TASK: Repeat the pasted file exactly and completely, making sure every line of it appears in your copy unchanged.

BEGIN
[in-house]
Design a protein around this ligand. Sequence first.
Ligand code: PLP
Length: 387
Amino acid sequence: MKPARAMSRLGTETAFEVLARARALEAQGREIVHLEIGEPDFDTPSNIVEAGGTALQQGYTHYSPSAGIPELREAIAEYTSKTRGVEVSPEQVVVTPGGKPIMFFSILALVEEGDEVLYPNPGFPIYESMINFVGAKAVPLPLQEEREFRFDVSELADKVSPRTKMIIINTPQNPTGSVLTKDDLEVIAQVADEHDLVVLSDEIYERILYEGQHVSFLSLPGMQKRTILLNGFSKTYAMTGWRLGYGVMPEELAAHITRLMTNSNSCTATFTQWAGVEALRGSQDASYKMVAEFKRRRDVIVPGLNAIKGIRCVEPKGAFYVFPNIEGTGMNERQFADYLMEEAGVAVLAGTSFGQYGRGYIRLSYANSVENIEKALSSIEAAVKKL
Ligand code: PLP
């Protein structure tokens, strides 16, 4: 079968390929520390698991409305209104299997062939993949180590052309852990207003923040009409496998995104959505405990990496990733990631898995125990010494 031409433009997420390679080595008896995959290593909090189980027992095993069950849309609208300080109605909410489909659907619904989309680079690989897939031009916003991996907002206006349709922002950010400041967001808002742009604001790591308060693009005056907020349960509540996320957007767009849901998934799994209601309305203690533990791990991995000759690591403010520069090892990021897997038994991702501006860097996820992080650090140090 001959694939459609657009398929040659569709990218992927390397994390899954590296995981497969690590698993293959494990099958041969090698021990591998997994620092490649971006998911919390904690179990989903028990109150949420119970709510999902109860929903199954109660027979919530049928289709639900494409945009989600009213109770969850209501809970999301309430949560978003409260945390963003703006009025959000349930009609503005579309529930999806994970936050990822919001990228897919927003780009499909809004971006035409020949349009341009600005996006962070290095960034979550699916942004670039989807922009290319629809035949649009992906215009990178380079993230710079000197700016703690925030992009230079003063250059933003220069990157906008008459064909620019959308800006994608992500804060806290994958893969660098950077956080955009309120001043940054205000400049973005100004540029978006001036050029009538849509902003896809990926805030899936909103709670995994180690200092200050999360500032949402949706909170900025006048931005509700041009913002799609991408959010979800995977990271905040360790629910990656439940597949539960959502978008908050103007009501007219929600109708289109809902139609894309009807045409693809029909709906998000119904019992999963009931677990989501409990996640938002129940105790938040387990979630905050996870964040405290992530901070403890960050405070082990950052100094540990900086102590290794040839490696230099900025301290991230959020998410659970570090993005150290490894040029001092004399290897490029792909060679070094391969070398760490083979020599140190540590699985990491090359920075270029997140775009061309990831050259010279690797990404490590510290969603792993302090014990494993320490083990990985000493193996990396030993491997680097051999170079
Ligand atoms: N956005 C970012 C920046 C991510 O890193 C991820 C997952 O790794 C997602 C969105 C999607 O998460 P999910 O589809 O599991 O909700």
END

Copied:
[in-house]
Design a protein around this ligand. Sequence first.
Ligand code: PLP
Length: 387
Amino acid sequence: MKPARAMSRLGTETAFEVLARARALEAQGREIVHLEIGEPDFDTPSNIVEAGGTALQQGYTHYSPSAGIPELREAIAEYTSKTRGVEVSPEQVVVTPGGKPIMFFSILALVEEGDEVLYPNPGFPIYESMINFVGAKAVPLPLQEEREFRFDVSELADKVSPRTKMIIINTPQNPTGSVLTKDDLEVIAQVADEHDLVVLSDEIYERILYEGQHVSFLSLPGMQKRTILLNGFSKTYAMTGWRLGYGVMPEELAAHITRLMTNSNSCTATFTQWAGVEALRGSQDASYKMVAEFKRRRDVIVPGLNAIKGIRCVEPKGAFYVFPNIEGTGMNERQFADYLMEEAGVAVLAGTSFGQYGRGYIRLSYANSVENIEKALSSIEAAVKKL
Ligand code: PLP
């Protein structure tokens, strides 16, 4: 079968390929520390698991409305209104299997062939993949180590052309852990207003923040009409496998995104959505405990990496990733990631898995125990010494 031409433009997420390679080595008896995959290593909090189980027992095993069950849309609208300080109605909410489909659907619904989309680079690989897939031009916003991996907002206006349709922002950010400041967001808002742009604001790591308060693009005056907020349960509540996320957007767009849901998934799994209601309305203690533990791990991995000759690591403010520069090892990021897997038994991702501006860097996820992080650090140090 001959694939459609657009398929040659569709990218992927390397994390899954590296995981497969690590698993293959494990099958041969090698021990591998997994620092490649971006998911919390904690179990989903028990109150949420119970709510999902109860929903199954109660027979919530049928289709639900494409945009989600009213109770969850209501809970999301309430949560978003409260945390963003703006009025959000349930009609503005579309529930999806994970936050990822919001990228897919927003780009499909809004971006035409020949349009341009600005996006962070290095960034979550699916942004670039989807922009290319629809035949649009992906215009990178380079993230710079000197700016703690925030992009230079003063250059933003220069990157906008008459064909620019959308800006994608992500804060806290994958893969660098950077956080955009309120001043940054205000400049973005100004540029978006001036050029009538849509902003896809990926805030899936909103709670995994180690200092200050999360500032949402949706909170900025006048931005509700041009913002799609991408959010979800995977990271905040360790629910990656439940597949539960959502978008908050103007009501007219929600109708289109809902139609894309009807045409693809029909709906998000119904019992999963009931677990989501409990996640938002129940105790938040387990979630905050996870964040405290992530901070403890960050405070082990950052100094540990900086102590290794040839490696230099900025301290991230959020998410659970570090993005150290490894040029001092004399290897490029792909060679070094391969070398760490083979020599140190540590699985990491090359920075270029997140775009061309990831050259010279690797990404490590510290969603792993302090014990494993320490083990990985000493193996990396030993491997680097051999170079
Ligand atoms: N956005 C970012 C920046 C991510 O890193 C991820 C997952 O790794 C997602 C969105 C999607 O998460 P999910 O589809 O599991 O909700």